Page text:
Lumbar disc replacement advices from Serge Obukhoff? Why would I need to see a neurosurgeon? In most cases, your primary healthcare provider or your neurologist will refer you to see a neurosurgeon if you have a neurological condition that requires or would benefit from an in-depth assessment. Neurosurgeons have extensive knowledge about your brain, central nervous system, peripheral nervous system and spine, and the conditions that can affect them. Just because your healthcare provider recommends you see a neurosurgeon, that doesn’t necessarily mean surgery is around the corner. Instead, it means you’ll receive a comprehensive neurological exam, a review of your symptoms and medical history, and detailed diagnostic imaging to determine the underlying cause of your symptoms. From there, your neurosurgeon — and in some cases, other specialist providers — will determine and discuss the best treatment options for you, whether that’s a nonsurgical treatment, surgical treatment or a combination of both. Find even more info at Serge Obukhoff MD.
LLIF is a fusion during which the surgeon makes a small incision on the person’s side, under their ribs to approach the spine from a lateral direction. This allows the surgeon to perform a spinal fusion without disrupting the muscles of the spine. The LLIF procedure may be accompanied by another procedure that is fairly common, percutaneous instrumentation of the spine. In this procedure, the surgeon places rods and screws between the muscle fibers, often using computer navigation or intraoperative X-ray as opposed to removing the muscles from the spine as is done with traditional spinal fusion surgery. When possible, we seek to utilize a minimally invasive approach, if it is an appropriate option.
Most pain in the lower back can be treated without surgery. In fact, surgery often does not relieve the pain; research suggests that 20 to 40 percent of back surgeries are not successful. This lack of success is so common that there is a medical term for it: failed back surgery syndrome. Nonetheless, there are times when back surgery is a viable or necessary option to treat serious musculoskeletal injuries or nerve compression. A pain management specialist can help you decide whether surgery is an appropriate choice after making sure you have exhausted all other options.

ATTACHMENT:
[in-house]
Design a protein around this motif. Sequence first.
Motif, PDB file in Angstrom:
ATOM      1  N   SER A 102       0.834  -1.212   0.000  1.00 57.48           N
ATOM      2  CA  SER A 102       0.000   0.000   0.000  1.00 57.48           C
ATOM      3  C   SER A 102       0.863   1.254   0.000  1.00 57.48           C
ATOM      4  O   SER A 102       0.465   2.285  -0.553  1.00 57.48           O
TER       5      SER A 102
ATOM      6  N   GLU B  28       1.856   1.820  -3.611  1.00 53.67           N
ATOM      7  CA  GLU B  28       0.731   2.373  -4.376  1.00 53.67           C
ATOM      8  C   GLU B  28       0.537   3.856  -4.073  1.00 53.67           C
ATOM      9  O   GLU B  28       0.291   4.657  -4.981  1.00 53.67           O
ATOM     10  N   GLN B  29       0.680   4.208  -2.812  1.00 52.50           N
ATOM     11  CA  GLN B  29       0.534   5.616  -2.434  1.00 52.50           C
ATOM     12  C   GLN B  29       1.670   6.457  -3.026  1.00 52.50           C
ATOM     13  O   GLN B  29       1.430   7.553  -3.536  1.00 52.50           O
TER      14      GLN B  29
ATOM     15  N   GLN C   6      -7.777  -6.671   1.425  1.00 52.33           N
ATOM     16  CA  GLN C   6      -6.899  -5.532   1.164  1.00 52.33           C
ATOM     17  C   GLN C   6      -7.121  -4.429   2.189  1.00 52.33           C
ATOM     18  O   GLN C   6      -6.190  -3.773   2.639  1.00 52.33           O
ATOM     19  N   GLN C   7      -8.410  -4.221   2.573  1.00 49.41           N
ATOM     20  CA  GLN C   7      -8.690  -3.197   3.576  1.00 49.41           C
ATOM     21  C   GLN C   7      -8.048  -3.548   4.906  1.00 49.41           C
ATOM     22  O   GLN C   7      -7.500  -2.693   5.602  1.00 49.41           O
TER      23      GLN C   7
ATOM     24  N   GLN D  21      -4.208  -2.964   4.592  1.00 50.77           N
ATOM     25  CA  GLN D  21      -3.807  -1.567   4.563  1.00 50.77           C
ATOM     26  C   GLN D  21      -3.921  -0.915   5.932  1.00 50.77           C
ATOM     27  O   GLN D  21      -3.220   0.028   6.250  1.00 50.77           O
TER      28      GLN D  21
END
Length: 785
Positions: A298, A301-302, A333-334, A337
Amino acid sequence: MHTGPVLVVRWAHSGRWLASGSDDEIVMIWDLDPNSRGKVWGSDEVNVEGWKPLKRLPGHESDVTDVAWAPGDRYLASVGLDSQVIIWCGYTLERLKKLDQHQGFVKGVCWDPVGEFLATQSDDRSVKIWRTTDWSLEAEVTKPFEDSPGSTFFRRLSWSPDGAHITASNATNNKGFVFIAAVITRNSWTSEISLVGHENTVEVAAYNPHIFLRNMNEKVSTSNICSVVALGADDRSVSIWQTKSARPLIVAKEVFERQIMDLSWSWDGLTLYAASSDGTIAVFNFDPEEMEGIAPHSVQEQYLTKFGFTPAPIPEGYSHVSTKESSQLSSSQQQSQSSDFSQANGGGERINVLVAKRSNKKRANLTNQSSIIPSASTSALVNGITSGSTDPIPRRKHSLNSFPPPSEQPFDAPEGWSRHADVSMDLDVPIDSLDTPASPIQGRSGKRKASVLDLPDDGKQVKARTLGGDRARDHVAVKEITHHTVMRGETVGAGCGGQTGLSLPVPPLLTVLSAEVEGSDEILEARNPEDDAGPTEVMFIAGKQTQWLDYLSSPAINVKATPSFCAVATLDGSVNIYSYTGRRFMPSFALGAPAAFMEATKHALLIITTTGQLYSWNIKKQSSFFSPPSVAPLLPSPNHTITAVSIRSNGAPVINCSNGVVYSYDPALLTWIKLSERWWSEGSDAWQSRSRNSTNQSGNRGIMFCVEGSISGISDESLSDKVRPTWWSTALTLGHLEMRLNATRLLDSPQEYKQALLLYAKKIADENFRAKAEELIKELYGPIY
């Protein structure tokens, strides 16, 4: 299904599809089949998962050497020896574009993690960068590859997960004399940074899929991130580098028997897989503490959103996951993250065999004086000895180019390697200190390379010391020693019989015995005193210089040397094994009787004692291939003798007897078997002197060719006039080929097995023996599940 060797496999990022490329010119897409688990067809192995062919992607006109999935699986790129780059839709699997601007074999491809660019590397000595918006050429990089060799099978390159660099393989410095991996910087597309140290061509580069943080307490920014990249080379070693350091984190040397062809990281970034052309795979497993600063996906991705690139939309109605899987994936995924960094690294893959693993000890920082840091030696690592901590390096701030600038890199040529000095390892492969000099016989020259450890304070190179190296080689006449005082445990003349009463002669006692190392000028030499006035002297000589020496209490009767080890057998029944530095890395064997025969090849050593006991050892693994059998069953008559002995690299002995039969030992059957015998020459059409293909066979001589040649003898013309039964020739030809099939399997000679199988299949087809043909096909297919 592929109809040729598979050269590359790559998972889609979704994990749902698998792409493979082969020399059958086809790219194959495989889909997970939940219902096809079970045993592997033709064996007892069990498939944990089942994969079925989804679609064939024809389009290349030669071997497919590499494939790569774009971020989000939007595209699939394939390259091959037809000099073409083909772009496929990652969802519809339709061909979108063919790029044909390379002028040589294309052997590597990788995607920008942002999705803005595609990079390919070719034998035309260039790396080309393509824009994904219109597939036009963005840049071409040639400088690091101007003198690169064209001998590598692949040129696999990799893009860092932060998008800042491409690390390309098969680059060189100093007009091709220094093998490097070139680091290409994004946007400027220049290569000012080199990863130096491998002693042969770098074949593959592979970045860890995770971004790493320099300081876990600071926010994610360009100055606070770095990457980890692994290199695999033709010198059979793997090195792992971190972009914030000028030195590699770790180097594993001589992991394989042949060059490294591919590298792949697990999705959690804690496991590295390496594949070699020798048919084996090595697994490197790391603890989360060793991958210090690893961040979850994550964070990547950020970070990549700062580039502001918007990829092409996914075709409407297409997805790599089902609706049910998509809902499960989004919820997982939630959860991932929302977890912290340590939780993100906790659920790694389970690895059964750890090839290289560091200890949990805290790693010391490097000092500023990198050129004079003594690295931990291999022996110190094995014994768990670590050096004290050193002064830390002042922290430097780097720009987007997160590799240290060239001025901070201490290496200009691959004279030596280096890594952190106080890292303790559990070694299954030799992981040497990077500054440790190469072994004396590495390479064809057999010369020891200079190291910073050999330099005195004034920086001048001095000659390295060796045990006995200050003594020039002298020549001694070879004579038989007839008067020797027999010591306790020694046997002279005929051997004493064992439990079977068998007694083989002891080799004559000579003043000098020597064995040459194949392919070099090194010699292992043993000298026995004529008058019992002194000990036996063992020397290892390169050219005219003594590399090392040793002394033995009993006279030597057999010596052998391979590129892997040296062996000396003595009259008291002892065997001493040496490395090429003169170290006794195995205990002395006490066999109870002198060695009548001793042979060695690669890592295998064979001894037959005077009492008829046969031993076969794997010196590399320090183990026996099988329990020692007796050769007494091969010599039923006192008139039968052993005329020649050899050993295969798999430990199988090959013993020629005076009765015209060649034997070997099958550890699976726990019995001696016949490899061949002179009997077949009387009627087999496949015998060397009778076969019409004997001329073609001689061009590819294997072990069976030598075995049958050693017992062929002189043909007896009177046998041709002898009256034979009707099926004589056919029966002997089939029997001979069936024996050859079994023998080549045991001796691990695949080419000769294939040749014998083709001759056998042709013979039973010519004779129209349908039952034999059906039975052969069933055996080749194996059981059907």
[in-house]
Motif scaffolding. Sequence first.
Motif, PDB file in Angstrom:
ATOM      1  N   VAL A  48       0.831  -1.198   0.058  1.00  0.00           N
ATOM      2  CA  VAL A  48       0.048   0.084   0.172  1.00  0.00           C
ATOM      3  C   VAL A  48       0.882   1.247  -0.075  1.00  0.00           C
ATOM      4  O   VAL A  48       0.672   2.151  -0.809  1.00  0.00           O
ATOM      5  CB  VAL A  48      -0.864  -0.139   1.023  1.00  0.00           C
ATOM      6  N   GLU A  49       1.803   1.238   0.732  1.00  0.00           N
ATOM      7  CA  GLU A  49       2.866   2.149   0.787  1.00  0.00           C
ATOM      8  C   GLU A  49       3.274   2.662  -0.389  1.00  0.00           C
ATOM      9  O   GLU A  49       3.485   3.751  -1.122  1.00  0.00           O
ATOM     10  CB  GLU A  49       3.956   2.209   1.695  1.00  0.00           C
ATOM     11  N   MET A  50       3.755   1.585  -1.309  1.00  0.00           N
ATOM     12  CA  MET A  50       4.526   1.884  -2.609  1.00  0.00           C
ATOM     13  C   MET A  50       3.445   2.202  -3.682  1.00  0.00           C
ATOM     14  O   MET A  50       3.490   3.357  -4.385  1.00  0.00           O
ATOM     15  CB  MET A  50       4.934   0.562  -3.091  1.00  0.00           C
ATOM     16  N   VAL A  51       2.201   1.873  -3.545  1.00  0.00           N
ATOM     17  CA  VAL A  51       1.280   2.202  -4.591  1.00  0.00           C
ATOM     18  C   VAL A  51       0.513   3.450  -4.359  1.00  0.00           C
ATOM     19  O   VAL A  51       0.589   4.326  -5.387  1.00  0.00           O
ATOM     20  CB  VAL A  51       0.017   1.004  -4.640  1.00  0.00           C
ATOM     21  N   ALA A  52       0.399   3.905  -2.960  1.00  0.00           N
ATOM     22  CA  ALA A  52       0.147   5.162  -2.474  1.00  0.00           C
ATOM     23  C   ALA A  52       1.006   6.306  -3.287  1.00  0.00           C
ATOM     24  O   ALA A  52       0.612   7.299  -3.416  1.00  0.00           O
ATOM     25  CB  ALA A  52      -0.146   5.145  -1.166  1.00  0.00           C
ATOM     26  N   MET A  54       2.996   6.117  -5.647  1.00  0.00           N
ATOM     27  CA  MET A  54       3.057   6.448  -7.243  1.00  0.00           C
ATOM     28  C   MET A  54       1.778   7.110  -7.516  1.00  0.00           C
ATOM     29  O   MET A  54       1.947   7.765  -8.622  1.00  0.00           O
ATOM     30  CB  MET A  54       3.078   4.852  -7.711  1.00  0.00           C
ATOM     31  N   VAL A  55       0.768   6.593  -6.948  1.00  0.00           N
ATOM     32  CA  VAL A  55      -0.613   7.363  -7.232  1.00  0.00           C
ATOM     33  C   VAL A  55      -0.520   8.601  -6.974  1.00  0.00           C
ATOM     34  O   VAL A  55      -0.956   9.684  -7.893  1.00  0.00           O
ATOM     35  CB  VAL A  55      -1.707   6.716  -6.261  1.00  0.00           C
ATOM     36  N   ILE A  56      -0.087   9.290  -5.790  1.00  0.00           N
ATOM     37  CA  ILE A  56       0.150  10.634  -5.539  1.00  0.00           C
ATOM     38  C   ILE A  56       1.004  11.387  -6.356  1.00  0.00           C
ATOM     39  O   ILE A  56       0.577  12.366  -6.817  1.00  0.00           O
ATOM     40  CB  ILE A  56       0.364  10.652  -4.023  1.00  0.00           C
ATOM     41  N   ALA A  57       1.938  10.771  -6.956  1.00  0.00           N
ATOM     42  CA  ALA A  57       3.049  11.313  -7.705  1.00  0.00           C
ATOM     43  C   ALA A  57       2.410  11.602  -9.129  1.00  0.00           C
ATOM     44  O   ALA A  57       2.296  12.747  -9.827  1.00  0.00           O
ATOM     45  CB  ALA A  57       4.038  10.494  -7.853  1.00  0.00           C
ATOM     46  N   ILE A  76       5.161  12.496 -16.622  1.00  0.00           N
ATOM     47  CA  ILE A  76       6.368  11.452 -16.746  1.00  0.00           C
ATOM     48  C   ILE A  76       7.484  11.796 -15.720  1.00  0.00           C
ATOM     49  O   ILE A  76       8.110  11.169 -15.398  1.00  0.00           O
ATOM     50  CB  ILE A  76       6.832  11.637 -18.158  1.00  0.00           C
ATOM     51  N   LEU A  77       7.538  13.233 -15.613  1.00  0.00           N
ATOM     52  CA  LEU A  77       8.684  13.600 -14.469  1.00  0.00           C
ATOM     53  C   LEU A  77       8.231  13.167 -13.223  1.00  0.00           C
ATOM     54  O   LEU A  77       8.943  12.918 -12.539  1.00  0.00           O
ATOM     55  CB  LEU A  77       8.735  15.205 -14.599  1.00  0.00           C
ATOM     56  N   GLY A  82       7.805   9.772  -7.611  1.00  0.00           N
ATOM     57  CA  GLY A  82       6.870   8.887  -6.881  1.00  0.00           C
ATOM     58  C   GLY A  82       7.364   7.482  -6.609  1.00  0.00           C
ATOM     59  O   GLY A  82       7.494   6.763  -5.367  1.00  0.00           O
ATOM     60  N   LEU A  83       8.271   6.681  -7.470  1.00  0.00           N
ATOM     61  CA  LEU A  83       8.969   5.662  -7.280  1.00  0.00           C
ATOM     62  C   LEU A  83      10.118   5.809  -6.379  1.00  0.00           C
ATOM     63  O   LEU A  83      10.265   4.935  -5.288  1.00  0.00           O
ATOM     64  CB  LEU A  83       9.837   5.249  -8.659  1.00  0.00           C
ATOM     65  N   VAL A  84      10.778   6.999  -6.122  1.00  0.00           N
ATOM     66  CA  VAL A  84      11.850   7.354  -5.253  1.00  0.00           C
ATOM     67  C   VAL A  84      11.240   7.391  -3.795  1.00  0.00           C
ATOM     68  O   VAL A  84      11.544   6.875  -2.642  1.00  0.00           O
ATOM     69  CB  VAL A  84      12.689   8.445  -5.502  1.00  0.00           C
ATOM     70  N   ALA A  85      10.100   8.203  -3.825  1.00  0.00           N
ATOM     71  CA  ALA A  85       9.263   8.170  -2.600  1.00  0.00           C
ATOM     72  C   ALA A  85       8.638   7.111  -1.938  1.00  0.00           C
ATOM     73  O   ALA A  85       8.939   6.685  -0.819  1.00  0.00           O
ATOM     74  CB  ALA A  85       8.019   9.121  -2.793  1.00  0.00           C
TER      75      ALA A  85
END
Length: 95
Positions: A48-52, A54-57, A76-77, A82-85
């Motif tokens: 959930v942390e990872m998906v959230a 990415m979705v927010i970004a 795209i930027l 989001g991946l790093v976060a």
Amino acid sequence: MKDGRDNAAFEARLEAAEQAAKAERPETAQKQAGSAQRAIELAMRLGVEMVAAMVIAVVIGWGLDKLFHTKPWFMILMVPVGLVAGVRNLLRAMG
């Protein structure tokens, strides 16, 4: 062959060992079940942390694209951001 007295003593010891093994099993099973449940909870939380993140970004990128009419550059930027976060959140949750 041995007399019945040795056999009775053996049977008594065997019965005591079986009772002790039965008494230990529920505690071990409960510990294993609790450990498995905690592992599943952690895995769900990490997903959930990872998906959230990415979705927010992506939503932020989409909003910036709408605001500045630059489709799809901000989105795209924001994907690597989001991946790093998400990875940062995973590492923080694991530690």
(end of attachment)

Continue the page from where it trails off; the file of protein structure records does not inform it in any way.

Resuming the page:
Surgery is a controlled trauma. Therefore, we aim to maximize the benefit for the patient while minimizing the trauma of surgery as much as possible. We implement leading surgical techniques and technology as appropriate, and our patients benefit from our surgeons’ academic research to further both minimally invasive and complex spine surgery procedures. We treat the entire spectrum of spinal disorders, ranging from sciatica and cervical radiculopathy to complex brain and spine cancers. Patients also come to us for issues related to scoliosis (curvature of the spine), degenerative disc disease (arthritis of the spine), and patients who have spinal stability problems which are associated with back or neck pain with or without arm or leg pain.
Some factors to consider: Many of your options will involve medications such as opioids, nonsteroidal anti-inflammatory drugs, corticosteroids, and local anesthetics. Sometimes more than one drug will be taken. This multimodal therapy can improve pain control while limiting opioid use. Opioids should be used with care to avoid addiction and manage side effects, some of which can be life-threatening. Alternative or complementary methods of pain relief that do not involve medicines should also be discussed.